CNN and Jeff Zucker helped give us Trump

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CNN chief executive Jeff Zucker, shown in 2019, has announced that he will leave the network at the end of 2021. (Photo by Jason Mendez / Invision /AP, File)

Just a few years ago, CNN seemed intent on giving Donald Trump as much help as possible for his presidential run.

The network obsessively covered the candidate’s raucous speeches in the Republican presidential primary. It treated his campaign like entertainment, rather than a prelude to autocracy. It ran chyrons like “Breaking News: Standing By for Trump to Speak” over footage of an empty stage and hired Trump loyalists such as Corey Lewandowski and Kayleigh McEnany as talking heads to boost his reputation.

These days, the friendly tone is long gone. As the 45th president’s second impeachment trial arrives on Tuesday, viewers can expect a far more aggressive coverage strategy from CNN, exemplified by its lead Washington anchor, Jake Tapper.

Recently promoted and given significantly more on-air prominence, Tapper specializes in truth-to-power confrontation. He spars with Republican lawmakers who don’t accept the results of the 2020 election and delivers jeremiads like one describing the Jan. 6 Capitol attack as “a joint effort by far-right hate groups that the president has been playing footsy with for years, and radicalized, infected Trump supporters and MAGA media.”

Just like in 2016, the audience is on board. CNN’s January ratings have never been higher.

But as they watch, viewers might want to recall how Trump’s presidency came about in the first place. It was in no small part the work of CNN chief Jeff Zucker, who announced last week that he will leave the network at the end of 2021 – in other words, after he gets a chance to direct coverage of the Trump saga’s denouement: his trial for inciting insurrection.

“I cannot imagine not being here right now,” Zucker told his employees. “I have this incredible seat in the very front row of history every day.”

One thing is certain: No matter how CNN covers the trial, and no matter what Zucker does next – whether he runs for mayor or buys a football team or starts a charity – nothing will ever disentangle his legacy from Donald Trump.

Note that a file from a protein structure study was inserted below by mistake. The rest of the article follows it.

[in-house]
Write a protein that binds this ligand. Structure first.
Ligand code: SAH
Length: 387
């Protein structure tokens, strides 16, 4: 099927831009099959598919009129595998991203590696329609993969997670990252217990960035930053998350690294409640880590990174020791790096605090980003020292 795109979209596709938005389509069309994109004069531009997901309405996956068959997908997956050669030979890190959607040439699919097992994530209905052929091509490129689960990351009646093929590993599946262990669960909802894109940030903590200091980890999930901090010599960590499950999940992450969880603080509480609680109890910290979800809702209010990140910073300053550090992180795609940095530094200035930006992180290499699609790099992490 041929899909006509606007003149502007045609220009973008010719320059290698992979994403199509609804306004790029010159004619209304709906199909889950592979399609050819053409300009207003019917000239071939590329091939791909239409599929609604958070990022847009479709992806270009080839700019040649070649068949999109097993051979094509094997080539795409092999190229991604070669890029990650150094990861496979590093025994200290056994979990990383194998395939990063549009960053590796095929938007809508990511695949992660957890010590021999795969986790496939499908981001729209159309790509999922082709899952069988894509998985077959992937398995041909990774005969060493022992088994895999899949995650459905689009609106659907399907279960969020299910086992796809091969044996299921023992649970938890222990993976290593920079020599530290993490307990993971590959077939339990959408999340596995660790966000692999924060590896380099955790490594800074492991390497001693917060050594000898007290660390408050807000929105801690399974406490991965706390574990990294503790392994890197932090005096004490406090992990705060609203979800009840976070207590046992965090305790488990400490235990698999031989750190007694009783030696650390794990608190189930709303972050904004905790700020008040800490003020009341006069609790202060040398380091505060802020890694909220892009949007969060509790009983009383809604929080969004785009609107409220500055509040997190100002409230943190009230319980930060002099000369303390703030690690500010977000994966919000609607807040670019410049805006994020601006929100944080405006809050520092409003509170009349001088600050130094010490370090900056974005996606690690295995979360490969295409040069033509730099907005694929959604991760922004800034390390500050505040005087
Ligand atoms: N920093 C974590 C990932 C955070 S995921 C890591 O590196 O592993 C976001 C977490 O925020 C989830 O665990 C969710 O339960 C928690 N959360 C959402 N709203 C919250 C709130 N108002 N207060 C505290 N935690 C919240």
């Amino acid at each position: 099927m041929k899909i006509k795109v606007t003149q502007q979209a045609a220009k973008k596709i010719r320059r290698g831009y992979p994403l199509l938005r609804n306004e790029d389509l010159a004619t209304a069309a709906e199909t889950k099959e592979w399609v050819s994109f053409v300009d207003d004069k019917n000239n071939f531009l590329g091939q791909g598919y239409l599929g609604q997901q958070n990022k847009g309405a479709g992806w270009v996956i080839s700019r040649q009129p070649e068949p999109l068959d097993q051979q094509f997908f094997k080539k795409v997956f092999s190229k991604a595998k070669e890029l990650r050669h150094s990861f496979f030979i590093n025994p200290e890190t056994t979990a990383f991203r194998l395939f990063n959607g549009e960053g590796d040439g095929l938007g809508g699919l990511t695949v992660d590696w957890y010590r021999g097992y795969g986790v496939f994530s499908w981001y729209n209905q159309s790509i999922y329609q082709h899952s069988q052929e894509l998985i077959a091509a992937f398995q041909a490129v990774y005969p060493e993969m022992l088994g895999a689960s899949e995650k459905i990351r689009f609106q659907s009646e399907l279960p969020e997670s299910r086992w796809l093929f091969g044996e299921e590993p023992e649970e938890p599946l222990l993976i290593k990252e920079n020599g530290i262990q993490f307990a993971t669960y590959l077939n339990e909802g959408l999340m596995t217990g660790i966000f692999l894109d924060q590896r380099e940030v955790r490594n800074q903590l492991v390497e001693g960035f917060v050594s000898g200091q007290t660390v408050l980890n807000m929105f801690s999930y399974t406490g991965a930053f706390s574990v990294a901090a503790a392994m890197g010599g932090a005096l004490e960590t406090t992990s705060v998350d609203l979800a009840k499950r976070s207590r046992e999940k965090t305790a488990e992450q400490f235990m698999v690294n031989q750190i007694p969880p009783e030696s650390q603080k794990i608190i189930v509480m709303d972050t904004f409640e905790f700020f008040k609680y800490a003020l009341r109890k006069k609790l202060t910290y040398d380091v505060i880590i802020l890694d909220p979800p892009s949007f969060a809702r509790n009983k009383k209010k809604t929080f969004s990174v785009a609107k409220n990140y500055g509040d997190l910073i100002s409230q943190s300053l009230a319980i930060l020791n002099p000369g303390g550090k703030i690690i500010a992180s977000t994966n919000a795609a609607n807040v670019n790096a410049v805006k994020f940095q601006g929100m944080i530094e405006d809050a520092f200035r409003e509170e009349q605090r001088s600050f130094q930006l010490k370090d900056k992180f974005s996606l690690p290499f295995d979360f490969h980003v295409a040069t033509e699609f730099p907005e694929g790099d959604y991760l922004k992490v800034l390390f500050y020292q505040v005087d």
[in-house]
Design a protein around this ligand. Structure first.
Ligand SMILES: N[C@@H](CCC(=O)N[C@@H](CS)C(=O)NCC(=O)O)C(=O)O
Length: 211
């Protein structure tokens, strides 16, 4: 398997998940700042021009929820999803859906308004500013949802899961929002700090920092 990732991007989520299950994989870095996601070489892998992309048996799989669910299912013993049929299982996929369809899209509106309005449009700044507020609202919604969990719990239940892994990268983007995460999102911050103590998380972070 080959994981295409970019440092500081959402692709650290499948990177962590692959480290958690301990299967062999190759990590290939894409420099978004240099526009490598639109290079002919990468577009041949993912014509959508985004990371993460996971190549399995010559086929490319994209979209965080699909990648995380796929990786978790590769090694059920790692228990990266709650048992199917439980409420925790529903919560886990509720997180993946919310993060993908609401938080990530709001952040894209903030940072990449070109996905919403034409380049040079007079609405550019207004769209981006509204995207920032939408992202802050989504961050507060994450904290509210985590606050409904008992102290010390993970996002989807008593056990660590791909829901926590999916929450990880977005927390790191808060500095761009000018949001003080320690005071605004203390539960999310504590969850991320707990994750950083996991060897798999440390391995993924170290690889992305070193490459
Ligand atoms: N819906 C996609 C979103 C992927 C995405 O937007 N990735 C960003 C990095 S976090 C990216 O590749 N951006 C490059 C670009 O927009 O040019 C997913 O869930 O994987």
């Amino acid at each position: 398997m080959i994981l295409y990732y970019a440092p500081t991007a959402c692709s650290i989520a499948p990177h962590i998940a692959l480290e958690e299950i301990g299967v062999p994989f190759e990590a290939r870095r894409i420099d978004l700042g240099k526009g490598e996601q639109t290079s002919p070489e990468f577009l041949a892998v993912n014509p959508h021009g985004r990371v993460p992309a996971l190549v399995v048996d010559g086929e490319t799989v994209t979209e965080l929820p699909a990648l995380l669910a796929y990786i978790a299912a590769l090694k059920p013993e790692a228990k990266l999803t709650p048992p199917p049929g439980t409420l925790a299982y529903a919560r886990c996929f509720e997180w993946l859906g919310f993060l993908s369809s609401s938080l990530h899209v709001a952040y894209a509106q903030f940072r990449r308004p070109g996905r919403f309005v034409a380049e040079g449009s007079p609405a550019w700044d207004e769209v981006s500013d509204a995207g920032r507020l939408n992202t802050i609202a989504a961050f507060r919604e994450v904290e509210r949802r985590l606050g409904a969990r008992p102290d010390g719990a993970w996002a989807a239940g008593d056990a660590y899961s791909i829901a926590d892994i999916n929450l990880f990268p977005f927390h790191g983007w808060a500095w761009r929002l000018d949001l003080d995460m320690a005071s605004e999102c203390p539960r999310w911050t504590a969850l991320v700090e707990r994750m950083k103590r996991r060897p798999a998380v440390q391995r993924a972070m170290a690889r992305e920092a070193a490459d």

It started with Trump’s celebrity breakout on “The Apprentice” two decades ago. Zucker was the NBC executive who used Trump to boost the network’s troubled ratings. In the process, he made Trump himself a household name.

“The show was built as a virtually nonstop advertisement for the Trump empire and lifestyle,” Washington Post journalists Marc Fisher and Michael Kranish wrote in their 2016 book, “Trump Revealed.”

After Zucker moved to the top job at CNN, he, along with others in the media, helped elevate a fringe candidate to the White House. He will forever bear some responsibility for the civic destruction that followed.

No one would mistake Trump and Zucker for friends these days. As president, Trump turned on his enabler, labeling CNN an “enemy of the people” and insulting Zucker and his network at every opportunity.

But no matter the ups and downs, Zucker and Trump shared a common goal: TV ratings.

Trump, quite accurately, has called himself a “ratings machine.” The endless media attention he has commanded is a testament to that.

And Zucker? A former NBC executive once called him a “ratings whore.” A reporter who worked for him at CNN put it more genteelly, telling New York Times columnist Ben Smith that ratings were always the executive’s “North Star.”

And that star is overhead now. In Nielsen figures reported by the Associated Press, CNN averaged nearly two million viewers a day in January, up more than 150 percent from the same month last year. For the first time in two decades, CNN had more audience by that daily measure than MSNBC (1.66 million per day) and Fox News (down 20 percent year over year to 1.37 million viewers per day).

And on Tuesday, when the U.S. Senate begins the impeachment trial, Zucker is poised once again to reap those precious ratings. Even if the trial is likely to end in Trump’s acquittal, people are sure to tune in.

Zucker has displayed some capacity for reflection about his decades-long role producing the Trump Show.

He tepidly expressed second thoughts as early as 2016. “If we made any mistake last year,” he said, “it’s that we probably did put on too many of his campaign rallies in those early months and let them run.”

Of course, he had his reasons: “Because you never knew what he would say.”

I suspect the network’s radical shift in its Trump coverage since then is less about high-minded reform and more about catering to an audience that increasingly despises the former president.

In addition to promoting Tapper, the anchor whom a Fox News article called “one of the most outspoken anti-Trump personalities” on the network, CNN has also given a weekend anchor spot to its former White House correspondent Jim Acosta, Trump’s frequent antagonist and punching bag.

Conventional wisdom says that Trump eventually wrecks anything he touches, like his former personal lawyer, Michael Cohen, who was sentenced to three years in prison for financial crimes and lying to Congress. Or the hundreds of people whom Trump incited to storm the Capitol, now being hunted by the FBI.

As early as 1979, the late, great investigative reporter Wayne Barrett nailed it, calling Trump, then a real estate developer in his early 30s, “a user of other users.”

But Zucker took Trump’s own game to the next level: using the user of users. If you don’t believe me, just watch CNN’s coverage of the trial and wait for the ratings to roll in.

Because whether Trump is hostile or friendly, whether the public is helped or harmed, he has consistently delivered Zucker the goods.

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